Biodiversity Minister Lorna Slater with NatureScot, Palladium, and partners.
NatureScot, the agency working to improve the natural environment of Scotland, announced a new initiative and partnership with Palladium and other private sector partners to raise upwards of £2 billion to invest in nature restoration projects across the country. With a Memorandum of Understanding now in place between Scottish Ministers and NatureScot to work with financial partners, a series of successful pilot projects have the potential to unlock private investment into natural capital, sequester carbon from the atmosphere, and restore biodiversity, while creating jobs in the surrounding communities.
Scotland, which is home to 7 of the 10 largest forests in the UK and several National Parks and Protected Areas, has seen an expansion of commercial timber plantations since the first World War, but native woods unfortunately remain small and isolated. The country is ripe for nature restoration and efforts are already underway, but they require significant funding from the private sector to reduce pressure on the public purse. This constraint is what the partnership aims to address.
“To deliver the aims of the Climate Change Plan we need to bring private investment to Scotland and this new partnership will allow us to test a new approach,” says Robbie Kernahan, NatureScot Director for Green Economy.
In partnership with Palladium, the Scottish-based private bank Hampden & Co, and the Swiss asset manager Lombard Odier, NatureScot aims to tackle climate change and its effects and the loss of nature by restoring habitats in a way that will benefit both local people and the planet.
“This is exactly the kind of ambitious partnership that’s needed,” adds Andrew Sutherland, Palladium Director of Nature-Based Solutions. Sutherland and the Palladium team will be creating the investment model for each project, structuring the investment vehicle which receives the finance, designing and implementing the logistical side of the projects and ensuring that the benefits of the project are distributed among all stakeholders in a fair and transparent way.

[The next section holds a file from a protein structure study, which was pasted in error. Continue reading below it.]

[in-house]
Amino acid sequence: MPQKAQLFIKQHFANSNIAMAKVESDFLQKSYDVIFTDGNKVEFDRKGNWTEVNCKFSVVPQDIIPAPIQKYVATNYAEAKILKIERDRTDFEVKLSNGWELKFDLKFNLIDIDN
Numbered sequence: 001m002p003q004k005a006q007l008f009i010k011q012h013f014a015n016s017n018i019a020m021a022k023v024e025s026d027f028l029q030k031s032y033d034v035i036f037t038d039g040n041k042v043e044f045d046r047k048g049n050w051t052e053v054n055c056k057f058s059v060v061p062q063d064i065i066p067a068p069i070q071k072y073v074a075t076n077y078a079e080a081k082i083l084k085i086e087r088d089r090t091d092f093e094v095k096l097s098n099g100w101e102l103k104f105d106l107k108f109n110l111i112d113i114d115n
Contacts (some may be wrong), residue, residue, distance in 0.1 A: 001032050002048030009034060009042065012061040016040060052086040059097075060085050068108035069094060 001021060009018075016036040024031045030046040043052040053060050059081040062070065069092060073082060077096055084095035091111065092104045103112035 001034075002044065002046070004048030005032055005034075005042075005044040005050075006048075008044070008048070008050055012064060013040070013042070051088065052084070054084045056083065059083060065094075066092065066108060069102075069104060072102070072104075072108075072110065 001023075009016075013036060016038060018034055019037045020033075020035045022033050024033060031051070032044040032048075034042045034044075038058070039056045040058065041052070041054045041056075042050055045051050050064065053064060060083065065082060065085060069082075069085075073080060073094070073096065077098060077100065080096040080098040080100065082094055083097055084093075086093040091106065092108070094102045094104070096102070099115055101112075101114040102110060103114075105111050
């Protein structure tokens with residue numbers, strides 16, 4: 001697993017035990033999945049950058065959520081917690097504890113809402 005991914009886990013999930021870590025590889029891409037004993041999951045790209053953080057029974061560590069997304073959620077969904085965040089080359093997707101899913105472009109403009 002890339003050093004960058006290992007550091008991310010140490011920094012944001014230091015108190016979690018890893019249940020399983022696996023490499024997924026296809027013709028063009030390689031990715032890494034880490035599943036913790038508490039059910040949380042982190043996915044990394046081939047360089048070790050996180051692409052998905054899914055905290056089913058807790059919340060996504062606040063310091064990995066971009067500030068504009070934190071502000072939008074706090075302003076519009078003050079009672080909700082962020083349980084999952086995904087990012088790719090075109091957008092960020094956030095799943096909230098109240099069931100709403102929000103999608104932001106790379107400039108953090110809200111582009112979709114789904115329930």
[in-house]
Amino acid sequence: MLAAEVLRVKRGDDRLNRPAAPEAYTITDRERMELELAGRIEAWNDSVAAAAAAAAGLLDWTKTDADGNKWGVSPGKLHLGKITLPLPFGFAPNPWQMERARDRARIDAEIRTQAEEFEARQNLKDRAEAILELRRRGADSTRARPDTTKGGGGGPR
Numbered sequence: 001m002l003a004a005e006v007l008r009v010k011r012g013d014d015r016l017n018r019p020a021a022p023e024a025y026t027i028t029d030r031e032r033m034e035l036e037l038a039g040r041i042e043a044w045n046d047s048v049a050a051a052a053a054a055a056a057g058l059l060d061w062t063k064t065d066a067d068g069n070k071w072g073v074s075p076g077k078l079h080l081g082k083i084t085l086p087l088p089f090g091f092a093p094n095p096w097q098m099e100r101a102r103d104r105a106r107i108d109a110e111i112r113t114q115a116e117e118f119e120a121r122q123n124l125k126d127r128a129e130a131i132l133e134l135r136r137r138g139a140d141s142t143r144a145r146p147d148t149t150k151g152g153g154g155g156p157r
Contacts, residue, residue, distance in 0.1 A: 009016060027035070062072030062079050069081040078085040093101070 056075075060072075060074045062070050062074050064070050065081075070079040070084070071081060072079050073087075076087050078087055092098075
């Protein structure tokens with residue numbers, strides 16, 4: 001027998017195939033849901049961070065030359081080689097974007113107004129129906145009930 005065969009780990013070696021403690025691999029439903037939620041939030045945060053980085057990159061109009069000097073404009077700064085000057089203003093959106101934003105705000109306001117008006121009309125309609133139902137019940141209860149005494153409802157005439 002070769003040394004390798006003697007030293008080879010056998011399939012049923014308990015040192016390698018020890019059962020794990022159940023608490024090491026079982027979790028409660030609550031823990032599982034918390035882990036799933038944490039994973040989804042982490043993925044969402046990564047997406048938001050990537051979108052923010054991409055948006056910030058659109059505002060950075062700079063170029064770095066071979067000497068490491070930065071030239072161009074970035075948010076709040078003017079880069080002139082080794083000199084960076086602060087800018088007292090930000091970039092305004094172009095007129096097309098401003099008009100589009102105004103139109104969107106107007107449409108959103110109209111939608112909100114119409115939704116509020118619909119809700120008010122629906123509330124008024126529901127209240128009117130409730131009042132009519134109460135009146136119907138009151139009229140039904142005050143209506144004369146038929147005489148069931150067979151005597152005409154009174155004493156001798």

The carbon credits from the project will only be sold to UK companies and the partner organisations are hopeful that these projects are only the beginning of moving towards investing the estimated £20 billion needed to restore Scotland’s natural capital in line with its Net Zero timetable.
“Scotland is well placed to take a leading role by offering investors the opportunity to generate sustainable returns from the restoration and regeneration of our landscapes, notes Biodiversity Minister Lorna Slater. “This investment will generate multiple benefits: ending the loss of biodiversity, improving water quality, reducing the risk of flooding, regenerating local communities and creating green jobs.”
By encouraging private sector investment into the pilot projects, NatureScot will not only be restoring critical woodlands but creating new jobs and supporting rural communities across the country.
"Palladium works globally to restore nature with private finance in a way that leaves no-one behind,” explains Sutherland. “We’ve catalysed over US$1 billion over the past 7 years and impacted 4 million hectares of landscapes in need, and now we’re transferring what we’ve learned to fighting the twin crises of climate change and nature loss here in the UK.”
A critical part of NatureScot’s projects involve working closely with land managers and local partners to deliver high integrity, responsible investment in new and productive woodlands, while delivering financial benefits for local communities. The first pilot project, which will begin in the spring of 2023, is focused on the upper catchment of the River Tweed in Southern Scotland.
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